Greed and envy, despite the devastating havoc they wreak within life, get little ink. Too rarely do we examine what covetousness does in our lives.
This was not the case for past generations. We used to have a list of what we called “the seven deadly sins.” On the top of that compilation sat the sin of pride, as well it should. Somewhere down the list, however there appeared a vice called greed. This was not an incidental addiction. In the moral mind of the time, the prohibition on greed, the commandment to not covet our neighbor’s goods, was an important injunction.
Usually, however, greed was understood rather one-dimensionally. We thought of greed mainly as a disordered desire to accumulate more and more material things. Hence, our image of a greedy person was that of a fat, rich, hoarding figure who, despite already having everything in excess, still wanted more.
Whatever the merit of that image, it is, as has been just suggested, very one-dimensional. Greed is considerably more universal than this and most of us are too impoverished in any case to emulate this kind of hoarding.
Yet all of us suffer from greed, even if we are so poor that we can only look with hungry eyes at those who own enough goods to make us envious. Greed is about much more than owning and hoarding things. Real greed is a greed for experience itself.
Deep inside of each of us there is an insatiable gnawing, an ache to experience everything, to drink in the whole world. It is this aching that makes us so pathologically restless, so bent on travelling everywhere, on seeing every movie, on reading every book, on having more and more friends, and on being everywhere and knowing everything. Greed is the desire to not be excluded, from anything.
Partly, of course, that is good. It comes from what is best for us, the fire of infinity, the Imago Dei, and is God’s way of assuring us that we will not be satisfied with anything other than everything.
In its best sense, greed assures us that our hearts will be restless until they rest in God. Thus, at one level, greed is a sign of health, a sign that we are not clinically depressed. When we no longer lust and yearn after things, we are in trouble.
On the other hand, there is an aspect to this greed and restlessness, that is very unhealthy. Desire to have what we do not have is unhealthy when, precisely, it leads to a restlessness that makes us curse the inadequacy of our own lives and curse others for having more (or, at least what seems to us to be more) than we have.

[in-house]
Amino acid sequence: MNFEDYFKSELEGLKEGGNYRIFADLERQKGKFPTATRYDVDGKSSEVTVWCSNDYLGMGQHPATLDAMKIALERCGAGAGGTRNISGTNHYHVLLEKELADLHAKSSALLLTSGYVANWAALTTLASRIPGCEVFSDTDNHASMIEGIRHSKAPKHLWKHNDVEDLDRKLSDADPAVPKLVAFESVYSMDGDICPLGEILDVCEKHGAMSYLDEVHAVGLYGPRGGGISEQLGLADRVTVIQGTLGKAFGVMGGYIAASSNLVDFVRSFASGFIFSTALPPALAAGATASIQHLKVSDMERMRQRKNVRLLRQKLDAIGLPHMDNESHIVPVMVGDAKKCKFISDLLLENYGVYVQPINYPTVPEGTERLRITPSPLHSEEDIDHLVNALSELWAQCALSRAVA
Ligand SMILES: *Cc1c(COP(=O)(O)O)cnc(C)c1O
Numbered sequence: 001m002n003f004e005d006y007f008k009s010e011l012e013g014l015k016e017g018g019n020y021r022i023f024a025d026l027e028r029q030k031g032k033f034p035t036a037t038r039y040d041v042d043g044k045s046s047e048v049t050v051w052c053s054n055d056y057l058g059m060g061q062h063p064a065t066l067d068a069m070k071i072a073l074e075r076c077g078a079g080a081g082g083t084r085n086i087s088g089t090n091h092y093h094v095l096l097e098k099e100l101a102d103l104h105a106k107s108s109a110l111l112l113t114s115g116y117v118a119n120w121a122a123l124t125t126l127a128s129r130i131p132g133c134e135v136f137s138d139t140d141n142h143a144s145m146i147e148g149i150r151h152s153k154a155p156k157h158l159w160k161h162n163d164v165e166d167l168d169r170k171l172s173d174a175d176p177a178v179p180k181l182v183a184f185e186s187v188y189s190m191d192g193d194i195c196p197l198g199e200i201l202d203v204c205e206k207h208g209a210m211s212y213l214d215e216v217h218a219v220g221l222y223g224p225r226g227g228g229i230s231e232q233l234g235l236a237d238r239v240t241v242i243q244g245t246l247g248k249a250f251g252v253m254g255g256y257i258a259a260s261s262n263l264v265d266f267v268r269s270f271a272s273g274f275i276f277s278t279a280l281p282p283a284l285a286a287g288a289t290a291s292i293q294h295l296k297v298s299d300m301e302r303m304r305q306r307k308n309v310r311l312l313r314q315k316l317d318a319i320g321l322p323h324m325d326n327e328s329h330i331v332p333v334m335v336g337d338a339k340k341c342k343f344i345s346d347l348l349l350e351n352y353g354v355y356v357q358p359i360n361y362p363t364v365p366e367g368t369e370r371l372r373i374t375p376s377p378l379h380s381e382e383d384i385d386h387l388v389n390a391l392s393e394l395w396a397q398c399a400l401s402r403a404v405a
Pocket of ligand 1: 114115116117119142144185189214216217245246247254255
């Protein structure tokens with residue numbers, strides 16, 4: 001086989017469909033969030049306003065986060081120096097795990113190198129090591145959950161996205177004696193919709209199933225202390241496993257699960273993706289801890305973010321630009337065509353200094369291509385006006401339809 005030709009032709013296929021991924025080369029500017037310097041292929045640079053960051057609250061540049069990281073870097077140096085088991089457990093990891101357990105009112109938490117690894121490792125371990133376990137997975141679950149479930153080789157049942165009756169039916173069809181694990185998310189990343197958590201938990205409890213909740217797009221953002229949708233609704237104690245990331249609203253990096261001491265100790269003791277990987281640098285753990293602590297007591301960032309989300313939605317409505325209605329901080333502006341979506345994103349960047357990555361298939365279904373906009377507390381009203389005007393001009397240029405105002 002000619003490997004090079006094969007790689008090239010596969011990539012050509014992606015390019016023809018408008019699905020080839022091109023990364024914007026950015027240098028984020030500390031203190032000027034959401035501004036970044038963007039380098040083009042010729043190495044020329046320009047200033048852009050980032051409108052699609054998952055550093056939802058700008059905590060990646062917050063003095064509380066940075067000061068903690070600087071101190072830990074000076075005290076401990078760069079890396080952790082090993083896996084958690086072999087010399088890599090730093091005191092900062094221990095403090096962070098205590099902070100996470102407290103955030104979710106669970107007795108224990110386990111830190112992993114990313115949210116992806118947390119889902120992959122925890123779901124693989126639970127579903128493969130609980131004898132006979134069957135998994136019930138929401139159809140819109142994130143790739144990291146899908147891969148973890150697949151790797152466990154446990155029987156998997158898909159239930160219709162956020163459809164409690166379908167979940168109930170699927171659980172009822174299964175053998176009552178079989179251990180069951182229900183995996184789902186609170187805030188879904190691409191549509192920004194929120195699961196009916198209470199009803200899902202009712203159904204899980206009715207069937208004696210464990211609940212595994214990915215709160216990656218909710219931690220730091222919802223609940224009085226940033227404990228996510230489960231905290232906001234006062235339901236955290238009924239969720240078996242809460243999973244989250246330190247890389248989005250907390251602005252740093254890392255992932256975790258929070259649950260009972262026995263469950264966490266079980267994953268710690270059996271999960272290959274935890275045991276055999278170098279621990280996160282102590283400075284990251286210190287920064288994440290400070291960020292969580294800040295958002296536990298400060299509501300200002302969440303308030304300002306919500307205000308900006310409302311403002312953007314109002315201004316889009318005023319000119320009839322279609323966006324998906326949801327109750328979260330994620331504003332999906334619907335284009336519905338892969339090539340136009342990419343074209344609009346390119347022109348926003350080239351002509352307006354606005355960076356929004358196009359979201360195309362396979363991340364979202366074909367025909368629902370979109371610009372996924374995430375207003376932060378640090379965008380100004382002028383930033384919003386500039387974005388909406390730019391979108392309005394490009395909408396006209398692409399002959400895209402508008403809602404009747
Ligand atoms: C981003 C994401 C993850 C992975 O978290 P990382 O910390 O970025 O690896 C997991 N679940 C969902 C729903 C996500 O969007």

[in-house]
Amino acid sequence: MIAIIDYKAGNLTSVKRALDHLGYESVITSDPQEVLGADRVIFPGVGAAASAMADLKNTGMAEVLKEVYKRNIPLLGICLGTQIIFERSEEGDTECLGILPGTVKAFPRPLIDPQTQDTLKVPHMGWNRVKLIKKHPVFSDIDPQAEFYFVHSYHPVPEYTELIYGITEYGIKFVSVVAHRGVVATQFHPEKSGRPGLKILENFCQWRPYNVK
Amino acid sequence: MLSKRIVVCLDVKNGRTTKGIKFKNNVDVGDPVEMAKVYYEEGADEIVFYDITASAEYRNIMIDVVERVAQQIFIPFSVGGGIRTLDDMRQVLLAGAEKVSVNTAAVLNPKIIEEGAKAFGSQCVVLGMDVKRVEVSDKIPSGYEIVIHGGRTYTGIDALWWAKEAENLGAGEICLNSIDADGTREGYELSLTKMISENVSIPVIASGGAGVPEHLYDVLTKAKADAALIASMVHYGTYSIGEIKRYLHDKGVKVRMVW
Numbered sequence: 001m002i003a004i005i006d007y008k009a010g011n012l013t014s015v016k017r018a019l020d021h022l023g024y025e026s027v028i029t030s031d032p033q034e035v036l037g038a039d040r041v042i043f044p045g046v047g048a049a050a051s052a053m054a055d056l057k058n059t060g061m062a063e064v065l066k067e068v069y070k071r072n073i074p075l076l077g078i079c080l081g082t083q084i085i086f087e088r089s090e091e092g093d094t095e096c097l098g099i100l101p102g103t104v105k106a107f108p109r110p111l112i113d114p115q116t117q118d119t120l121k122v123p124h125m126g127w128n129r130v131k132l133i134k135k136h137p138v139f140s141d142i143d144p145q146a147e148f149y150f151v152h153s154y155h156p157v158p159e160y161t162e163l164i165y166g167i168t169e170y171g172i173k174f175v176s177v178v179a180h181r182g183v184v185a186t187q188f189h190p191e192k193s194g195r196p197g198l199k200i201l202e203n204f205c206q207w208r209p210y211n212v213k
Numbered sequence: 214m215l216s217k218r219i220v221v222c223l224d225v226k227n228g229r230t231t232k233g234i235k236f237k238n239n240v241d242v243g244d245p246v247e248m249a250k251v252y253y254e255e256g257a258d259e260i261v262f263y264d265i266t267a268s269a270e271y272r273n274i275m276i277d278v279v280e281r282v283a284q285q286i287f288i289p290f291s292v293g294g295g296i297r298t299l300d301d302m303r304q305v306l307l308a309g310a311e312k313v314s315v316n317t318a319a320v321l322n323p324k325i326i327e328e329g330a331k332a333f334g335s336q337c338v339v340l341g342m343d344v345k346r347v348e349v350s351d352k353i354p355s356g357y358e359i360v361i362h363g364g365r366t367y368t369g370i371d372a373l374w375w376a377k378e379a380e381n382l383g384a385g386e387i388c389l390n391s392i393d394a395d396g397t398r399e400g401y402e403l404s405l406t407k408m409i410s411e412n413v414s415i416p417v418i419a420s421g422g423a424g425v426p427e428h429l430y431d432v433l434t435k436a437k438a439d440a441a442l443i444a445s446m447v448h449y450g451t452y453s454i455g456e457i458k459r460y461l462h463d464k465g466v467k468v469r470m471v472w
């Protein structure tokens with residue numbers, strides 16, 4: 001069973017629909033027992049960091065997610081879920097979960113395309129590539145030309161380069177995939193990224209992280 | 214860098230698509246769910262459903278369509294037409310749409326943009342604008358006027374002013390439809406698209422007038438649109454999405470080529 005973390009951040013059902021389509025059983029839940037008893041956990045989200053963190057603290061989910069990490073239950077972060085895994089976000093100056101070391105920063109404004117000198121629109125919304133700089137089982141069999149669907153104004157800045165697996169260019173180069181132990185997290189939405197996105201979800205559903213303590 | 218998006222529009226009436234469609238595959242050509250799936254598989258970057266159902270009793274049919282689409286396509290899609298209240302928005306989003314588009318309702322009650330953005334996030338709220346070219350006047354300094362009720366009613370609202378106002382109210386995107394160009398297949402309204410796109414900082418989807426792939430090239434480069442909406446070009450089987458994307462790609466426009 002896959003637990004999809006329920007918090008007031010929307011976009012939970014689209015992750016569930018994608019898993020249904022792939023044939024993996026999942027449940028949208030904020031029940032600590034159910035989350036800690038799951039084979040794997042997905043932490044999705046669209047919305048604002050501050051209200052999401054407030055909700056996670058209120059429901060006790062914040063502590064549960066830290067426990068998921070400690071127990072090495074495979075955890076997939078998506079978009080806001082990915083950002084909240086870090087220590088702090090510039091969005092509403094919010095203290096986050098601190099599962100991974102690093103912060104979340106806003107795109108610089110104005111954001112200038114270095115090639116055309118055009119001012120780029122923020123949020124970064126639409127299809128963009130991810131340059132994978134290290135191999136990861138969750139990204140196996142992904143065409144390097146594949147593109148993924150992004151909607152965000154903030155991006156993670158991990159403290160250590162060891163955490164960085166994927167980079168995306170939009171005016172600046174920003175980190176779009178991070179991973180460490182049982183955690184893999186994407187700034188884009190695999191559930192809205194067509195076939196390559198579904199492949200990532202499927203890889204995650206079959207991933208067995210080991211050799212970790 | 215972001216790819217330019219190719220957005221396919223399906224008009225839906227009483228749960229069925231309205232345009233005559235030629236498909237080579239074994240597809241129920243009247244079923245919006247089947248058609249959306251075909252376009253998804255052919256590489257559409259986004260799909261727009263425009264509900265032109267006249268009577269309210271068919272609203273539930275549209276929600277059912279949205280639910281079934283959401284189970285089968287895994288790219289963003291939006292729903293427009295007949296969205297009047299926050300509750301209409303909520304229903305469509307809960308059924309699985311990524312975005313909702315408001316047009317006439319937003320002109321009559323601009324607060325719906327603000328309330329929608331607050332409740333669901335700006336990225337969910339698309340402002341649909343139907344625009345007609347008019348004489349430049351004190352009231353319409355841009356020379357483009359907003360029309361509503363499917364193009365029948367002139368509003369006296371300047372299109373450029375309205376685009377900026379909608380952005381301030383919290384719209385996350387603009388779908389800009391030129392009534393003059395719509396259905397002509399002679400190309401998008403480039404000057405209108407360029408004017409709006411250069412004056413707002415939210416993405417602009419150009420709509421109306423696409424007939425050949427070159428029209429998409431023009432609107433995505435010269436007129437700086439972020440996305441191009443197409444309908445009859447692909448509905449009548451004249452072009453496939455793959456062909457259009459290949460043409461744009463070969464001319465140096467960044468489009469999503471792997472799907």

Restless desire, greed for experience, becomes a vice when it leads to envy and covetousness. It is this unhealthy yearning, envy, that is forbidden by the tenth commandment: Thou shalt not covet they neighbor’s goods.
But from this description of greed it is evident that I covet my neighbor’s goods not just when I envy another person’s material property—his house, his boat, his car, his clothes, his bank account. I also covet my neighbor’s goods, and covet in a way that is very hurtful, when I envy his or her achievements, success, good looks, straight teeth, intelligence, athletic abilities, health, friends, family background, youth, calmness of spirit, or even his or her innocence and humility.
There is, of course, a healthy envy, called admiration, which blesses and draws forth life. It looks at a beautiful quality in another and, in either attitude, gesture or word, says: “In you, in your beauty, in your successes, I take delight!” Such healthy jealousy draws forth another’s gifts.
But there is also an unhealthy envy, a murderous jealousy, which, rather than admiration and blessing, triggers in us the itch for slander, gossip and various subtle kinds of fratricide. Such jealousy kills and kills especially the spirit of the man or woman within whom it dwells. It also helps crucify the life of the person to whom it is directed. This is the covetousness that is forbidden by the tenth commandment.
Recently a comedian suggested that the scriptural ban on coveting be lifted. His suggestion was that we allow people to covet and then charge “a small covet-charge”! All humor aside, this is a most important commandment. To covet is to give in to a greed and an envy which poisons the spirit, poisons relationships, poisons our gratitude, and leaves us too jealous, angry and restless to enjoy our own lives.